Exclusive: Watkins Glen track president says safety changes on the way
AUG 20, 2014 11:56a ET
Two weeks ago, Watkins Glen International played host to one of the most dramatic and exciting races thus far in the 2014 NASCAR Sprint Cup Series season. For the third year in a row, the closing laps were full of drama and intense racing, as AJ Allmendinger and Marcos Ambrose battled hard for the victory, with Allmendinger coming out on top.
"Marcos and AJ, I don't know how they beat the prior years, but they did," WGI track president Michael Printup told FOXSports.com Sunday at Michigan International Speedway. "That was some fantastic racing at the end."
Once considered a novelty in NASCAR, road-course racing seems to have gained in popularity in recent years, with Watkins Glen often delivering some of the best racing of each season. However, this year's Sprint Cup race once again also featured a violent multi-car wreck -- something that has been a trend over the past few years at WGI.
This time the incident occurred exiting the Carousel corner, when Ryan Newman's No. 31 hit the Armco barrier before shooting across the track and into the path of Michael McDowell's No. 95. After the two cars made contact, McDowell's car lifted in the air, hitting another Armco barrier, leaving a hole in the wall and causing a lengthy delay as crews made repairs.
While both drivers were able to walk from their cars, Newman -- among other drivers -- heavily criticized the state of safety around WGI, saying the track has not adapted to the changes in safety developed over the years.
"The barriers, the SAFER barrier, that doesn't exist here," said Newman, a long-time advocate of safety in NASCAR. "The Armco walls, there's no concrete walls. It's just a very antiquated race track and the safety is not at all at NASCAR standards. It's a shame we have to have accidents like that to prove it."
Throughout the years, Watkins Glen has made a number of changes to the track, run-off areas and walls with the goal being to produce safer racing, including in the area of the track where Newman's incident occurred.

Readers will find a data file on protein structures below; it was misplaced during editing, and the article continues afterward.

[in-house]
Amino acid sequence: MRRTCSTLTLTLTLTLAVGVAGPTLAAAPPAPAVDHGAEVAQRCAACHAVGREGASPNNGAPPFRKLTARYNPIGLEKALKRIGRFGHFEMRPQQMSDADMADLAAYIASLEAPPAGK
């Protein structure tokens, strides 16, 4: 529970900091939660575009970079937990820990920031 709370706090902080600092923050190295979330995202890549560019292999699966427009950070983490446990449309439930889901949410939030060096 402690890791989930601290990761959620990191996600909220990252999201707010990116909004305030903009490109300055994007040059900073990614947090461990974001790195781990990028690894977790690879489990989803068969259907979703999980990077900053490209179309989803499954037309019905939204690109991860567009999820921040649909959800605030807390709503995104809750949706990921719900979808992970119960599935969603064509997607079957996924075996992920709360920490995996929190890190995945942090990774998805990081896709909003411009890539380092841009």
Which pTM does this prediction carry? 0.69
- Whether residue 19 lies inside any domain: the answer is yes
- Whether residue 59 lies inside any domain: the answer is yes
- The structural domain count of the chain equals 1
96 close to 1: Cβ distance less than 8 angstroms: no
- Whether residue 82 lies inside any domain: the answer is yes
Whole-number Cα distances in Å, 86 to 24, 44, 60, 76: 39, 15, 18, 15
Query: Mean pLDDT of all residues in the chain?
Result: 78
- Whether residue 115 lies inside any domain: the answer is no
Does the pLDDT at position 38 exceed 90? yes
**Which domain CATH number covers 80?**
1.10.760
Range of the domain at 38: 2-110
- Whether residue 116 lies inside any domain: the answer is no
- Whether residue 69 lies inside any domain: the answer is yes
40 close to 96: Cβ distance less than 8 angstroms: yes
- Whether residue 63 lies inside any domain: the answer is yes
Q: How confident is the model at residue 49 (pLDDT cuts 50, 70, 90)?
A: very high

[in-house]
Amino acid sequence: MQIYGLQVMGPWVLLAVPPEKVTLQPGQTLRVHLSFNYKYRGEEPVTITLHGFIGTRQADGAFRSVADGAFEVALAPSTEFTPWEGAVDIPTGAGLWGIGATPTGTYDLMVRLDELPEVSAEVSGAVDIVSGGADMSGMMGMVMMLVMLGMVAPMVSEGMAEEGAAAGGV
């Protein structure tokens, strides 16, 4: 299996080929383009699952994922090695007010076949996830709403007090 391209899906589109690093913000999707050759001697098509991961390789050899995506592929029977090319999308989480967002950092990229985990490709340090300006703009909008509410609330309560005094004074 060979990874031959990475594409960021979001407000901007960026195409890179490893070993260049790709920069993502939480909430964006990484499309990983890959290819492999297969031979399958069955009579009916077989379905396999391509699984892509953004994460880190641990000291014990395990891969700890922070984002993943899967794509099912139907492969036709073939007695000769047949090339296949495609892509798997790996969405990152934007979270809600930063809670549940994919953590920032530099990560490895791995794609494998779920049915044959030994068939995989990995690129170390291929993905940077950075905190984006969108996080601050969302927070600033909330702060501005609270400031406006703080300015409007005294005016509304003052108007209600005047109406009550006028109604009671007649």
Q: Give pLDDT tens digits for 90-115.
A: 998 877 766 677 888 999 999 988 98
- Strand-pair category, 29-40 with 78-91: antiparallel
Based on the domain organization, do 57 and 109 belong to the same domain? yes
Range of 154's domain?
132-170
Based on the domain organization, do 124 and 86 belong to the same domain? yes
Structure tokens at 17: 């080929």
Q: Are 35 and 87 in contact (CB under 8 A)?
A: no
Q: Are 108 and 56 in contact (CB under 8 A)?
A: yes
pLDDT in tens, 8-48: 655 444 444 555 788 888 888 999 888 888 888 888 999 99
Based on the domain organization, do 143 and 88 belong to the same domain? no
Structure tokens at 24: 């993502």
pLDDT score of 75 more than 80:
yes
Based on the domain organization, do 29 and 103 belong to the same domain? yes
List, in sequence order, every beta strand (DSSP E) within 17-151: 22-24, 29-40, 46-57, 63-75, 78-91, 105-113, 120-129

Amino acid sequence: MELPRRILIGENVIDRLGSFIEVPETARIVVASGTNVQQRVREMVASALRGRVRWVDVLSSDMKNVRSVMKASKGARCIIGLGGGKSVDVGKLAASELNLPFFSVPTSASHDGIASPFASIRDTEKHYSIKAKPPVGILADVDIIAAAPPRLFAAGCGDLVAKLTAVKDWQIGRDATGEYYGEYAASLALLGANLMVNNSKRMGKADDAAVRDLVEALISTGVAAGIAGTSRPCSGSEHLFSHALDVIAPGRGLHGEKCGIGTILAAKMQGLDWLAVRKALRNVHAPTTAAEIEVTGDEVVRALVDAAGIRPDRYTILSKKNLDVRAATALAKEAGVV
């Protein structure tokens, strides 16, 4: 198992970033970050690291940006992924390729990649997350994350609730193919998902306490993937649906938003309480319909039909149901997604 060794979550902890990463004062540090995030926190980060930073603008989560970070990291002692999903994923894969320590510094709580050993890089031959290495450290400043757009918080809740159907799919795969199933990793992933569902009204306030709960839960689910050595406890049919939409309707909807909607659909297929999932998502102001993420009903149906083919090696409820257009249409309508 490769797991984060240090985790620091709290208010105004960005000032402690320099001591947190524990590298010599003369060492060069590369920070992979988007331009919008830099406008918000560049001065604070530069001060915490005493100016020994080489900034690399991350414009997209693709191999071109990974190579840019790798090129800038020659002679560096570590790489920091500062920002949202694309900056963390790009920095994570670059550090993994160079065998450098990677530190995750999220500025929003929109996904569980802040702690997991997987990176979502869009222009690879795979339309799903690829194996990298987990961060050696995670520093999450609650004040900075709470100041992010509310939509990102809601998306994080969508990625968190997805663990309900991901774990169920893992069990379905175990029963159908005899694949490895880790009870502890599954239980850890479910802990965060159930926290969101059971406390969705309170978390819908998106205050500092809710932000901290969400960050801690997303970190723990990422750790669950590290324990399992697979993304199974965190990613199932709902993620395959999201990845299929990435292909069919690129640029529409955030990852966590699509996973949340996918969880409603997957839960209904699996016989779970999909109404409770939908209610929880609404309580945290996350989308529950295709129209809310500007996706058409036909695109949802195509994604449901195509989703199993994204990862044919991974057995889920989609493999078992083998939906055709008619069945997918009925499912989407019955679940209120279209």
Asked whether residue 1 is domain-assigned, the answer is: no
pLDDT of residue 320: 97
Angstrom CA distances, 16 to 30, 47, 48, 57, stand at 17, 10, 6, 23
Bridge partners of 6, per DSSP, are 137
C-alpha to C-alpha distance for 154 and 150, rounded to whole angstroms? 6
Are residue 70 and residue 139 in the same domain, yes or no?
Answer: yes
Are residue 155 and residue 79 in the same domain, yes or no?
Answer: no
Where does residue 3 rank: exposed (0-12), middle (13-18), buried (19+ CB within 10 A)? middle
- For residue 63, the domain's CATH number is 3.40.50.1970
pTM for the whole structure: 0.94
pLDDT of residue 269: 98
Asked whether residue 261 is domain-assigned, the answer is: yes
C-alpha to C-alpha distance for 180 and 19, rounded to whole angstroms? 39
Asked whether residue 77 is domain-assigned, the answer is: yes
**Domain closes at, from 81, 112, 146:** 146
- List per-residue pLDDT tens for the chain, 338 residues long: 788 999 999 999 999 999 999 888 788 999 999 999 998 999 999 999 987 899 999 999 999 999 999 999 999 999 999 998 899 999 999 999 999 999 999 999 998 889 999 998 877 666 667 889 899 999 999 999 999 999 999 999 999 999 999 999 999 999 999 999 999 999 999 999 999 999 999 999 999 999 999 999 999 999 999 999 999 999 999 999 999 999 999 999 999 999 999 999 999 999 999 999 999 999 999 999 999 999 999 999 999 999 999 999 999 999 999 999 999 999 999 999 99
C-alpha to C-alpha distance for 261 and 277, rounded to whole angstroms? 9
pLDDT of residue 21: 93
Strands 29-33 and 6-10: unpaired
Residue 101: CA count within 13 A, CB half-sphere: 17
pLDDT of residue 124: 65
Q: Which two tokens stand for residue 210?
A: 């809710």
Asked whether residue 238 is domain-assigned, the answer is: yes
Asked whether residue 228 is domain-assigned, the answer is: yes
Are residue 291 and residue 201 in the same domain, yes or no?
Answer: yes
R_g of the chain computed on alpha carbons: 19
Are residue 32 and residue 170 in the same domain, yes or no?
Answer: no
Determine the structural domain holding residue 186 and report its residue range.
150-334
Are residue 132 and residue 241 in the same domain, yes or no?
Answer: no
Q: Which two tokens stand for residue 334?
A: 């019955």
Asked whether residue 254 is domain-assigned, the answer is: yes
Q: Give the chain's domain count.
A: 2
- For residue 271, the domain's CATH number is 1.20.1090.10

After hard wrecks by the late Jason Leffler in the Nationwide Series and Sam Hornish Jr., Jeff Gordon and Jeff Burton in the Sprint Cup Series, the track paved the grass that was next to the track and adjusted the wall and barriers where both Leffler and Hornish had hit.
For Printup, "safety is obviously paramount" to WGI, saying the best thing about the Newman-McDowell incident was that all drivers walked away and nobody had to go to the hospital.
While admitting there always is room for improvement and innovation, Printup said he does not fully agree with Newman's tough words.
"I think Ryan's a little off in his harsh criticism, because it that was a SAFER wall -- like Dale (Earnhardt) Jr. said, you don't want to be hitting concrete," he pointed out. "Concrete stops you, the barrier gave; but there are definitely issues we have to address."
For the record, Earnhardt Jr. actually called for concrete and SAFER barriers in that section of track, saying the Armco barriers were not enough.
"I'd love to have some concrete walls and SAFER barriers but it's a lot of concrete that would have to be put up here," Earnhardt Jr. said during the race's red-flag period that day. "We've been running through guardrails for 50 years, so I don't think they've got them perfected. They do the best they can and we're going way faster here than we used to go and so when the car bounces back out on the race track it's hard to avoid. And you're going to get slung into the guardrail and hit that thing harder than you would expect, but I don't know what else they can do.
"It would be too expensive to put walls around it and SAFER barriers and all that stuff. You trust in what they're doing and I'm glad nobody is hurt."